On March 15, 2017, federal courts in Maryland, Hawaii and Washington heard arguments on motions to preliminarily enjoin the New Executive Order (“New EO”), which was issued by President Trump on March 6, 2017. Judge Derrick K. Watson of the U.S. District Court for the District of Hawaii was the first to issue such an order (as described below), which essentially prevents implementation of the New EO’s travel and refugee restrictions. Shortly thereafter, Judge Theodore Chuang in Maryland also issued an order restraining the New EO’s travel restrictions for similar reasons.
Judge Watson’s order enjoins key provisions of President Trump’s New EO entitled “Protecting the Nation from Foreign Terrorist Entry into the United States.” Judge Watson found that the New EO likely violates the Establishment Clause of the First Amendment to the United States Constitution because “a reasonable, objective observer—enlightened by the specific historical context, contemporaneous public statements, and specific sequence of events leading to its issuance—would conclude that the Executive Order was issued with a purpose to disfavor a particular religion, in spite of its stated, religiously-neutral purpose.” Specifically, Judge Watson found that “[a]ny reasonable, objective observer would conclude . . . that the stated secular purpose of the Executive Order is, at the very least, secondary to a religious objective of temporarily suspending the entry of Muslims” into the United States.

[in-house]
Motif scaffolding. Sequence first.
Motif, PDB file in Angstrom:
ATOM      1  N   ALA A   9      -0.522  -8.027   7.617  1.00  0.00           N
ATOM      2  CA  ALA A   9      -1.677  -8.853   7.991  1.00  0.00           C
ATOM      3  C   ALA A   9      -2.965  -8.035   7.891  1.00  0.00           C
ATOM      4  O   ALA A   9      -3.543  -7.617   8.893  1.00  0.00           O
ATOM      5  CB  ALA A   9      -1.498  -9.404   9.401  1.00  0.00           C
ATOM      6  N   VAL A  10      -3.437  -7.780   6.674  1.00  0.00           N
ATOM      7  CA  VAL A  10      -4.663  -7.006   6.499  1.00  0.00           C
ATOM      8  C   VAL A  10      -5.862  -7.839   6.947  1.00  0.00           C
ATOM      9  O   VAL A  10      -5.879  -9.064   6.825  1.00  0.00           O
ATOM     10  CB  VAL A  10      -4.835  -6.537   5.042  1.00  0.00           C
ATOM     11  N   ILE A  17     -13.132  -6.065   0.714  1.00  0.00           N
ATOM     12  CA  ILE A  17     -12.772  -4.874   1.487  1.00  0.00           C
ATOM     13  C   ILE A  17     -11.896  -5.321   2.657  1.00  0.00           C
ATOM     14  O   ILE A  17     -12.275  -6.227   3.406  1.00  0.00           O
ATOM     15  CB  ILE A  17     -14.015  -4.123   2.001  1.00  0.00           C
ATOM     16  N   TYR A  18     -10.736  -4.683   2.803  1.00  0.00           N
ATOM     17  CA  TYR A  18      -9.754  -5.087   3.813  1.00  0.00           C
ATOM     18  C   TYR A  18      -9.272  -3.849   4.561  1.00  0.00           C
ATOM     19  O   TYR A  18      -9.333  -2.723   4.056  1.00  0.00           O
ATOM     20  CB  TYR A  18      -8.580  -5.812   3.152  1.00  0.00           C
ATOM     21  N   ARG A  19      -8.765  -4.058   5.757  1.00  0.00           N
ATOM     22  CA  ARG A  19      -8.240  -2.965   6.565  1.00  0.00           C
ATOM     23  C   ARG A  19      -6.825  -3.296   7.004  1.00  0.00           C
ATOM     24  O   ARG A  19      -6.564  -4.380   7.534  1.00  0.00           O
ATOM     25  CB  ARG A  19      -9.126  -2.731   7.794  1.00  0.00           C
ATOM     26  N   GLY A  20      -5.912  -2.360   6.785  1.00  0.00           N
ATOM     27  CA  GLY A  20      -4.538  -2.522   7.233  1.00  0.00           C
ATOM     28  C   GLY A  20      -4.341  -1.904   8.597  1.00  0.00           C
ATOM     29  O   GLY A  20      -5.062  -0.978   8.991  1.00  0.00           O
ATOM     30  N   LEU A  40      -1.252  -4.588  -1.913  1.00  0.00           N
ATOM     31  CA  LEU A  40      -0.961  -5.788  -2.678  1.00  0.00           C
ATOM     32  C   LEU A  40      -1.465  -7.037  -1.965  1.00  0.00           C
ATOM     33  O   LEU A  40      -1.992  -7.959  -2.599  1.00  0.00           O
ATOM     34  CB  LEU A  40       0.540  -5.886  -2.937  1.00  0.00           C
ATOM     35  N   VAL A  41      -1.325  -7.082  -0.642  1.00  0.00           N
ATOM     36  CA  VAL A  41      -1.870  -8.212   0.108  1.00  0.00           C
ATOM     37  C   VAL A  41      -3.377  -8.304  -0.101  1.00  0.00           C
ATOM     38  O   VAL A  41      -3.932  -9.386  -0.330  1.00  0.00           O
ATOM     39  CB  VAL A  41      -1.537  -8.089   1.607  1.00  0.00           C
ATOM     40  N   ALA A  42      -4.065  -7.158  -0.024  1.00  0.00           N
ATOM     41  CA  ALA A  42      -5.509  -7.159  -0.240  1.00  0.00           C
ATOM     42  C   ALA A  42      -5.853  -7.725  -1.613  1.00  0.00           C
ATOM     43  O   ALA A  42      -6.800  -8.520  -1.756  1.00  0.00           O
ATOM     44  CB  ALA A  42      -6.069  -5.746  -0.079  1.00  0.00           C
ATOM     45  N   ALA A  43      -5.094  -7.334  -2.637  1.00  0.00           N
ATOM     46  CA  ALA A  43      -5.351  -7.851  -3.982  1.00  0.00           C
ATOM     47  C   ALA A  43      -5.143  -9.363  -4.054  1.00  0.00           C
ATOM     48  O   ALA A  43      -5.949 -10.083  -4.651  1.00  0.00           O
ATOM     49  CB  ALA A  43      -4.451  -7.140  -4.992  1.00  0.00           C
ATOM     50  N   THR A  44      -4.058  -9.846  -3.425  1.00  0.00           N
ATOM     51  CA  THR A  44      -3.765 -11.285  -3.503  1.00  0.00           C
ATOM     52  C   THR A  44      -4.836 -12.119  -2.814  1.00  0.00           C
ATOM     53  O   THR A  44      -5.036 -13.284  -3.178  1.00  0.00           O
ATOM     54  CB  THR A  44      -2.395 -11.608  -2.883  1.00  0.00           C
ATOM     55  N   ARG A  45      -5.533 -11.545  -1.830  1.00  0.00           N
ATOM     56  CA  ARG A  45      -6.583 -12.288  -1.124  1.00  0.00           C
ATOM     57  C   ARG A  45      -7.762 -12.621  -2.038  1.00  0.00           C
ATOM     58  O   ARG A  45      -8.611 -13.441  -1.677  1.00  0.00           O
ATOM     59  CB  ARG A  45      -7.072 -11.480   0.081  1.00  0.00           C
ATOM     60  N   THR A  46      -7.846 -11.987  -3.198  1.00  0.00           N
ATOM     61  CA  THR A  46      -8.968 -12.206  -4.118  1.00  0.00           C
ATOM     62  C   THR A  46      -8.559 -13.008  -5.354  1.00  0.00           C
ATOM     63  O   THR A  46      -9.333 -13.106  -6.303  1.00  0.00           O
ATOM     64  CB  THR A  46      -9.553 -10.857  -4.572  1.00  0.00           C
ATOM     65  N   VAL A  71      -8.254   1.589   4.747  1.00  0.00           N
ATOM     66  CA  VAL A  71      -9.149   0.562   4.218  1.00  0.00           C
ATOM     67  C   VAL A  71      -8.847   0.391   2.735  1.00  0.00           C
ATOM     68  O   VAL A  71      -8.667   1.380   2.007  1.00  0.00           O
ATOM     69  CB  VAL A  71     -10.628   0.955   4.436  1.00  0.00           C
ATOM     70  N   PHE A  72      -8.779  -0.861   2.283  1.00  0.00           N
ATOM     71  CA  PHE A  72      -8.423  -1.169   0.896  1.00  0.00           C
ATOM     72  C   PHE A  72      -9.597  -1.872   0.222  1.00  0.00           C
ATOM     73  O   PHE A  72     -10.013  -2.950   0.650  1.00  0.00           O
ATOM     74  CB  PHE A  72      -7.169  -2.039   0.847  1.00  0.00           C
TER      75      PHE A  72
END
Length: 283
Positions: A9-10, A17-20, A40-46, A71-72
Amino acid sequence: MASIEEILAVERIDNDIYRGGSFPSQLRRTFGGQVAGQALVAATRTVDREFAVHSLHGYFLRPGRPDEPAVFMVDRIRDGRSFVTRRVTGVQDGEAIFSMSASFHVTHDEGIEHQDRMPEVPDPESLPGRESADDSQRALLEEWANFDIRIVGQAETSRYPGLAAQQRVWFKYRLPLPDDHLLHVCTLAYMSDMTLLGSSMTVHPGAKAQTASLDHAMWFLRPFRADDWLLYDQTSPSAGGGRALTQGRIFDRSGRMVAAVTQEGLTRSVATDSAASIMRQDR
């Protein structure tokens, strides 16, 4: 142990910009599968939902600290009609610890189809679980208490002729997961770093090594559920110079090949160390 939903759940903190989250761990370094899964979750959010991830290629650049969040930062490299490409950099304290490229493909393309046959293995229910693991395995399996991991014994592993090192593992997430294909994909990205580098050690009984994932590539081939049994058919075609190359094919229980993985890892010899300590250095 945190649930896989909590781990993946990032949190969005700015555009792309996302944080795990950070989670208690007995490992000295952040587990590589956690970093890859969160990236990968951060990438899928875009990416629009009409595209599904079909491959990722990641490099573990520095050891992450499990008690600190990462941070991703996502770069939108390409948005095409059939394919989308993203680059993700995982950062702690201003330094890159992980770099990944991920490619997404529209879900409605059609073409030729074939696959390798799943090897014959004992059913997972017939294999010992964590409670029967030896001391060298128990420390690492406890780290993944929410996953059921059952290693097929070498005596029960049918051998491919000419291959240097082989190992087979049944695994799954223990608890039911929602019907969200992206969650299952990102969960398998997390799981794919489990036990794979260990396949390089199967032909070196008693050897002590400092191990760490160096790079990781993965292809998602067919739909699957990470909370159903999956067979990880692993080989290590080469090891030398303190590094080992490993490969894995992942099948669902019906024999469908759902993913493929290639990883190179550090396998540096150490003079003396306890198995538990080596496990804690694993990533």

Similarly, Judge Chuang found that the New EO’s primary purpose is likely “effectuation of [President Trump’s] proposed Muslim ban.” Both injunctions will persist indefinitely, pending final resolution of the case or modification by the trial or appellate courts.
By way of background, the New EO purported to “revok[e]” and “replac[e]” the President’s prior January 27, 2017 Executive Order of the same name (the “Original EO”). The substance of the Original EO, the New EO, and prior related litigation were previously addressed by our Immigration Alerts of January 30, February 7, February 10, February 17 and March 6.
Like the original EO, the New EO also prompted numerous lawsuits, which generally alleged that it was merely a thinly disguised continuation of the President’s same discriminatory travel policies. The federal government has preliminarily expressed an intention to continue defending the New EO. It may appeal these orders to the U.S. Courts of Appeals for the Fourth and Ninth Circuits, respectively, and ask that the orders be stayed pending the outcome of that appeal.
Foley Hoag participated in the Hawaii action by assisting the Massachusetts Technology Leadership Council (MassTLC) in the preparation and filing of an amicus brief. That brief is available here. Foley Hoag attorneys Michael Keating, Christopher Escobedo Hart, Kristyn Bunce DeFilipp, and Daniel McFadden prepared that brief.
We will keep you updated as the case further develops.